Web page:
I hope you get this thing going soon.crossedfingers

I have to take issue with the center being concave in the lengthwise direction... If it were lower in the middle the string would buzz at the bridge end of the fingerboard when playing in the 2-4th finger position because it would be hitting the board, think about it... is that what you really meant? or did you mean the fingerboard is convex 'across' from one end to the other? The fingerboard should be level from nut to bridge without ripples, low spots or high spots and if it does have those, it can be shaved sanded or scraped to correct the surface irregularity while still maintaining the 42mm dimension.

OC0811004_Convex-Concave.jpg

The crossways radius you want to confirm on there is 42 mm. You can use a compass to circumscribe an arc onto a index card and then carefully cut along that line. The template you just made will work for the fingerboard as well as the bridge top. That radius should be the same at both ends of the fingerboard and the bridge top where the strings go.

 

But honestly, that probably isnt an issue... work on strings, bowhair, rosin application and your technique first... then the rest will fall into place.

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"If you practice with your hands you must practice all day. Practice with your mind and you can accomplish the same amount in minutes." Nathan Milstein

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springer
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I have a question. What is the best way to check out a fingerboard? A metal strightedge? Also Dennis where do you get you information from?

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Sofia Leo
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cdennyb said

I have to take issue with the center being concave in the lengthwise direction... 

 

Actually, on the very finest violins the fingerboard really is concave along it's length - 0.5mm under the E string to 0.7mm under the G string. This is to provide clearance for the vibrating string, according to Strobel.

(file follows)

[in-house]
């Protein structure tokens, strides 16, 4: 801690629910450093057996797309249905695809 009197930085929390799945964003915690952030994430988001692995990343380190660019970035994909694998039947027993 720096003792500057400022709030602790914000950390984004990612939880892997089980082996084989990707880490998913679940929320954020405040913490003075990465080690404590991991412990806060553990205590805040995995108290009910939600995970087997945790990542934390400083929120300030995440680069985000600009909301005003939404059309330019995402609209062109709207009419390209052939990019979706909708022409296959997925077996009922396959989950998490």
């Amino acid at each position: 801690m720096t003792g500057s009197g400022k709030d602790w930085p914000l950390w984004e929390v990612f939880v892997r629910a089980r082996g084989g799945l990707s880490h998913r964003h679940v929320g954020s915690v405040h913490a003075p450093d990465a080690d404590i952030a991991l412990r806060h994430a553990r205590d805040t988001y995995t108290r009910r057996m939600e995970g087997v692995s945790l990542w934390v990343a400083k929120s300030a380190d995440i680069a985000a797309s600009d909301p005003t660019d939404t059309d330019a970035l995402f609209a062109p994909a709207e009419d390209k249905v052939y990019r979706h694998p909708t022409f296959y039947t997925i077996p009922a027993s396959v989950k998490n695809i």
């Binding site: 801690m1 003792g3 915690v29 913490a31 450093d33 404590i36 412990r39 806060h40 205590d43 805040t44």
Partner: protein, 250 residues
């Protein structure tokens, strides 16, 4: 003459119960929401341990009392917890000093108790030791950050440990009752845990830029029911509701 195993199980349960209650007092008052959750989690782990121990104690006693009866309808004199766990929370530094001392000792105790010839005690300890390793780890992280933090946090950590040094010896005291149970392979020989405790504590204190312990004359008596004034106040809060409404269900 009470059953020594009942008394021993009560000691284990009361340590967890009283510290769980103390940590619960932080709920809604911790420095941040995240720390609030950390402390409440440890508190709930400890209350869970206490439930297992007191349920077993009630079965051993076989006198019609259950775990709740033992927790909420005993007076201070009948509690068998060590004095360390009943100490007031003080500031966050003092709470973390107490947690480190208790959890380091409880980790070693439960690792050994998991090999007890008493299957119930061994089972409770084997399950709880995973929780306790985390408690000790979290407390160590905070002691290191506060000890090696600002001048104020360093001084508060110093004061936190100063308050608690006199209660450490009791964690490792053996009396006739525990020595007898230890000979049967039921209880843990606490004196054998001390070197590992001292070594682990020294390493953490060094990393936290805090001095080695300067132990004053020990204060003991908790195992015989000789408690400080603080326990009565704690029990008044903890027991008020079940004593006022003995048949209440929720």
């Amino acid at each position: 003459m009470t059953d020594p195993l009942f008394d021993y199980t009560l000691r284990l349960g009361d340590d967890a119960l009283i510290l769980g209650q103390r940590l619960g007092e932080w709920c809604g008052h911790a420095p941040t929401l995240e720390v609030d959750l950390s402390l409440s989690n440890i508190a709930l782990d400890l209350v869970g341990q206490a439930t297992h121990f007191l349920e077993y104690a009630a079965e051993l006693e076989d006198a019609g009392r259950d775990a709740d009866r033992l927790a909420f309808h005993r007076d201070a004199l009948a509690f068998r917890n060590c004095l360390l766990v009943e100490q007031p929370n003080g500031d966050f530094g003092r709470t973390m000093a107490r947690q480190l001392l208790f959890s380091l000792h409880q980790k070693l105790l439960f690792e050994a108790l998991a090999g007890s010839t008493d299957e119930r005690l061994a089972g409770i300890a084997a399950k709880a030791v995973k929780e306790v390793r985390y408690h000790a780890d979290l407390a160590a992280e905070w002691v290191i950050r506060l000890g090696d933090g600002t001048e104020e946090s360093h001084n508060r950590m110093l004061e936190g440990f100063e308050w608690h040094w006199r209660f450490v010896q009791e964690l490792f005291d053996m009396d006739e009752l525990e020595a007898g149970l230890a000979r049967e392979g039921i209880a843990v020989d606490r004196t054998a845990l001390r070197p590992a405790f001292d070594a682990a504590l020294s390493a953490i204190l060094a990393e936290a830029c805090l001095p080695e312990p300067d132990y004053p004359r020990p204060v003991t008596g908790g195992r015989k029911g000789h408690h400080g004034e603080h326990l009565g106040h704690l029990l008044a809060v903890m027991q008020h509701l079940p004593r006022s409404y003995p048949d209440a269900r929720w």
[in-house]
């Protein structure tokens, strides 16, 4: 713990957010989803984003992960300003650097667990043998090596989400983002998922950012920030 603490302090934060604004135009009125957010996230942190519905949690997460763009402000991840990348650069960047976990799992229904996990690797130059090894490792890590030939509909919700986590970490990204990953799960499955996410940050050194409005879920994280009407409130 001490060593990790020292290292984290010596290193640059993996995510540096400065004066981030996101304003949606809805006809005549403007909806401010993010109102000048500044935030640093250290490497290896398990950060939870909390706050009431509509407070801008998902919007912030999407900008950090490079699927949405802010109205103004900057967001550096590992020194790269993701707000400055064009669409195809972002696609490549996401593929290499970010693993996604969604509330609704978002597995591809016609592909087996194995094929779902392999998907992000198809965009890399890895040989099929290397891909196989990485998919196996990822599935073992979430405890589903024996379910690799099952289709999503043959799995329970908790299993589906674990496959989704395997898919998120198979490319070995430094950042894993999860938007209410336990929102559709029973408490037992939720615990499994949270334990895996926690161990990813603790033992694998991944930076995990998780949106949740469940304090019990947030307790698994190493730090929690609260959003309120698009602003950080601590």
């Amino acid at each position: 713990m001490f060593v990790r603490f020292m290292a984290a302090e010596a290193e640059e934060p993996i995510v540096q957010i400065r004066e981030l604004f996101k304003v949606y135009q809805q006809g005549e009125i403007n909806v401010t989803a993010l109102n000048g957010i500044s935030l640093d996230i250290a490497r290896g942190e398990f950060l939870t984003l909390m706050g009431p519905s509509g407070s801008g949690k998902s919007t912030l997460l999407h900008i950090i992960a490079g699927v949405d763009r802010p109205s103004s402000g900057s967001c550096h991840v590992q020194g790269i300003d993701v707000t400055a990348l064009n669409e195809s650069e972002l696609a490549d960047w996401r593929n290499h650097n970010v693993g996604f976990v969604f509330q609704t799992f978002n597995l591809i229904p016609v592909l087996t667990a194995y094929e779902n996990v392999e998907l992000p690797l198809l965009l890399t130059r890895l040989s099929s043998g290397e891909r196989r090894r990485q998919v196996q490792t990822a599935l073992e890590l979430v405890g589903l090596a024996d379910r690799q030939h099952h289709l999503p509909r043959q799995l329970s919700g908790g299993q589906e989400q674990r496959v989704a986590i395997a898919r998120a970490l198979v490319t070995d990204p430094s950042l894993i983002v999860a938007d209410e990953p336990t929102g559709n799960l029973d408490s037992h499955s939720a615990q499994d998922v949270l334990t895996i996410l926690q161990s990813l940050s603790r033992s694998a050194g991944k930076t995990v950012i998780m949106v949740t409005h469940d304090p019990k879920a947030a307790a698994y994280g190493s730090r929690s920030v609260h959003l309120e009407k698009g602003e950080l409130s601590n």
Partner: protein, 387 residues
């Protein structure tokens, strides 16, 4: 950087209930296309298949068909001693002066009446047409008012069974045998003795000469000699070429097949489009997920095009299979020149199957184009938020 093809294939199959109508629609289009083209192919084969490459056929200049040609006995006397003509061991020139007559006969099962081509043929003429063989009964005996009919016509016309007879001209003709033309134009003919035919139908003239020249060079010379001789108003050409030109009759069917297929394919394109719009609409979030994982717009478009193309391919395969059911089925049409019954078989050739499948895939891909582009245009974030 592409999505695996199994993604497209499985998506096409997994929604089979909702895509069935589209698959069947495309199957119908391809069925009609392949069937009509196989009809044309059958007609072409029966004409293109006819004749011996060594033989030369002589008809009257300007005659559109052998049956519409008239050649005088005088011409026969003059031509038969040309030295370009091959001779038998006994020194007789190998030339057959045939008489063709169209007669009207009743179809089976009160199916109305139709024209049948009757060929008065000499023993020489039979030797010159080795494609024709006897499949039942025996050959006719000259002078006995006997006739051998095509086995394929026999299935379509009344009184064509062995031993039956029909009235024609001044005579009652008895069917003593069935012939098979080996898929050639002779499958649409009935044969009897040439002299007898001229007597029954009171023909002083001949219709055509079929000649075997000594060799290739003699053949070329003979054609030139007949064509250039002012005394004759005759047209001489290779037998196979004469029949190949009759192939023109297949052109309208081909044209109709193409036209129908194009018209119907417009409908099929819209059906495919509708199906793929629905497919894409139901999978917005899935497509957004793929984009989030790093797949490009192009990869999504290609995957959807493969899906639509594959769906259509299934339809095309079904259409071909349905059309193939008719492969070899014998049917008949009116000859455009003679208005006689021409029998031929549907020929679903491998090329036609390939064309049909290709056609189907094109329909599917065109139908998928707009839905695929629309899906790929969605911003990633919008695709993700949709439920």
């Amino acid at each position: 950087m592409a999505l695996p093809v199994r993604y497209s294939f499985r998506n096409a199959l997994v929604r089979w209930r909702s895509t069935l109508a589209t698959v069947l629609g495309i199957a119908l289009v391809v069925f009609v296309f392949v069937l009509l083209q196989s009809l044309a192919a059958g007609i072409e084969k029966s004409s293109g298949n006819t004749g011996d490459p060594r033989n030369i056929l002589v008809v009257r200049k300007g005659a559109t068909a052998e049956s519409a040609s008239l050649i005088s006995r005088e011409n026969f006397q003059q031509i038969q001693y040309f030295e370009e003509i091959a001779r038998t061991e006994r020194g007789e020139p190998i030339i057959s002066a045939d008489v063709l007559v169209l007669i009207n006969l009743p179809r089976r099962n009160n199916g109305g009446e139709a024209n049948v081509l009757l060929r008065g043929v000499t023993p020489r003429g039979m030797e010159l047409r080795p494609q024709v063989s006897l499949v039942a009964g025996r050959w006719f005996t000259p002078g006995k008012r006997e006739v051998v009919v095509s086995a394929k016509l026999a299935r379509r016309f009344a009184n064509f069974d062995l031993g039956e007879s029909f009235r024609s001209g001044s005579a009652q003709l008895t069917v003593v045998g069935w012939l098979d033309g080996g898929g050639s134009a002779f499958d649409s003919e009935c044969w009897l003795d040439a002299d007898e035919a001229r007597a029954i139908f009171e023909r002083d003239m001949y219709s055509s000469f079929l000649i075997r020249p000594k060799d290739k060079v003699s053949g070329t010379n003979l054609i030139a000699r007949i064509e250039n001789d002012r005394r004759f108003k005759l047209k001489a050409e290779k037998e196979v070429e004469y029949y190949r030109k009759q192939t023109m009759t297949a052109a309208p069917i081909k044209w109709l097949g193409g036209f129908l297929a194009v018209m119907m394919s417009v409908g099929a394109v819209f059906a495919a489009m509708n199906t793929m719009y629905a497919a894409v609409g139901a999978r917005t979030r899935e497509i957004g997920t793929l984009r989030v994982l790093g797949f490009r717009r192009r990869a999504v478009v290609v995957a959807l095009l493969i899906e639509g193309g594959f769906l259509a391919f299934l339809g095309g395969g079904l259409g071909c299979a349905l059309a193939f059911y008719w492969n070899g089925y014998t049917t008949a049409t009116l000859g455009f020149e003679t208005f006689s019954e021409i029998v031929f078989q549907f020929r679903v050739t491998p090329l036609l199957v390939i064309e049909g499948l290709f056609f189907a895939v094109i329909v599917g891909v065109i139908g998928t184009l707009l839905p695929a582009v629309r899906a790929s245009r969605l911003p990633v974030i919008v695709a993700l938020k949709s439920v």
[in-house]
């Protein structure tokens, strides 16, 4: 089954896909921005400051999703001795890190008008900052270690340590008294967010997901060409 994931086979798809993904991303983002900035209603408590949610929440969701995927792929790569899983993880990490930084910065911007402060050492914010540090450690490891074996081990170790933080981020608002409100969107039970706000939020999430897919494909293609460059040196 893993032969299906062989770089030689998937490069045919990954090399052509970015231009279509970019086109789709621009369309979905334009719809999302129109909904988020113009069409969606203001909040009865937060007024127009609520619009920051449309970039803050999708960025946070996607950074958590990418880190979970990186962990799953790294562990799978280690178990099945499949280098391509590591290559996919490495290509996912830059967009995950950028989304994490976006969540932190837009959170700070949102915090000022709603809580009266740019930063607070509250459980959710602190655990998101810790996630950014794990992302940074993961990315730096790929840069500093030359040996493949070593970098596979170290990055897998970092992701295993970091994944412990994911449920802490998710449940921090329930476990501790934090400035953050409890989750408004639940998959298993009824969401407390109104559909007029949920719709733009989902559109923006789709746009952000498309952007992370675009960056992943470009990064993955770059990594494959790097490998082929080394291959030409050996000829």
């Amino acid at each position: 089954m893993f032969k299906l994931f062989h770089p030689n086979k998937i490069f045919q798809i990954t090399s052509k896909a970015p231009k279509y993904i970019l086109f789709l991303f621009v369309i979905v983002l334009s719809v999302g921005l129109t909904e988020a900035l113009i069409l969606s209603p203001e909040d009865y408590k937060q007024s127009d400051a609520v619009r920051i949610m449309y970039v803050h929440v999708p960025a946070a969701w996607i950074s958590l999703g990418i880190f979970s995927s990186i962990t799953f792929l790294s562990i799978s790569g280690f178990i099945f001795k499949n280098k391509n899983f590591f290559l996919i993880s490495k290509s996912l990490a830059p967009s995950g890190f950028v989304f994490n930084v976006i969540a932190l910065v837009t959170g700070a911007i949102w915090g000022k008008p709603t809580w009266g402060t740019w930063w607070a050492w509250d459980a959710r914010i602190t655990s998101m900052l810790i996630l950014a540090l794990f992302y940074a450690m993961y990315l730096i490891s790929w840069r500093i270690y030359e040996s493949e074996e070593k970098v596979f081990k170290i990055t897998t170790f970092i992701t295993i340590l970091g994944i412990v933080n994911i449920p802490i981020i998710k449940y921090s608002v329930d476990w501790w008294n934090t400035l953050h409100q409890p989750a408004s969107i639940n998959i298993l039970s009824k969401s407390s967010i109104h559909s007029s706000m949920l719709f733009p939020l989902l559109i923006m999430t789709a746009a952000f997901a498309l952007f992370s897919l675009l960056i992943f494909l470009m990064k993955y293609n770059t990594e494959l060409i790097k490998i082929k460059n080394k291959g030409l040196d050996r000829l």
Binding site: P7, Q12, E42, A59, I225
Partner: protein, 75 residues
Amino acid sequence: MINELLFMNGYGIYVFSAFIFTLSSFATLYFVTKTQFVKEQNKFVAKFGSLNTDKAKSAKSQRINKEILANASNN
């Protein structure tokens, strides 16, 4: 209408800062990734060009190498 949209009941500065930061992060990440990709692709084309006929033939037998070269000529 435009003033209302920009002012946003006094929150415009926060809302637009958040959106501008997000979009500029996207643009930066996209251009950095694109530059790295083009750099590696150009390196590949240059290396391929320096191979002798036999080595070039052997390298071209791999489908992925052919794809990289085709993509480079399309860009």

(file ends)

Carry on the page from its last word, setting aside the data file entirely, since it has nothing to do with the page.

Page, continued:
The dimensions can be found in many books about violin building and many, many sources on the 'net.

Personally, I think you can make yourself crazy trying to build to such tight tolerances, but I've always been a little fast and loose with rules wink

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springer
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THANKS for the info Cat!!!!  How high should the fingerboard be on the bridge end in the worst case.duncecap

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cdennyb
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I just went and looked at a source of info here...

http://en.wikipedia.org/wiki/Fingerboard

and if you go down a ways and read the chart and formulas, you'll find a 4/4 violin fingerboard has a 42mm radius from one end to the eother and a nut width of 24 mm and a bridge width of 40 mm in most common instruments (read that student and affordable violins)

Apparently I stand corrected...duncecap

 

 COPIED FROM THE SITE:

Scoop of fretless bowed-string fingerboards

Fretless bowed-string fingerboards are usually scooped lengthwise in a smooth curve, so that if a straight edge is held next to the board parallel to a string, some daylight will show between them, towards the centre of the board. Usually the scoop is slightly greater on the bass side, less on the treble side of the fingerboard. Different string materials or different styles of playing may call for differing amounts of scoop; with gut strings requiring the most, and solid steel-core strings the least. A typical full-size (4/4) violin with synthetic-core G, D, and A strings will show 0.75 mm of scoop under the G string, and between 0.5 mm and zero scoop under the E, which generally has a solid steel core on instruments with modern set-up.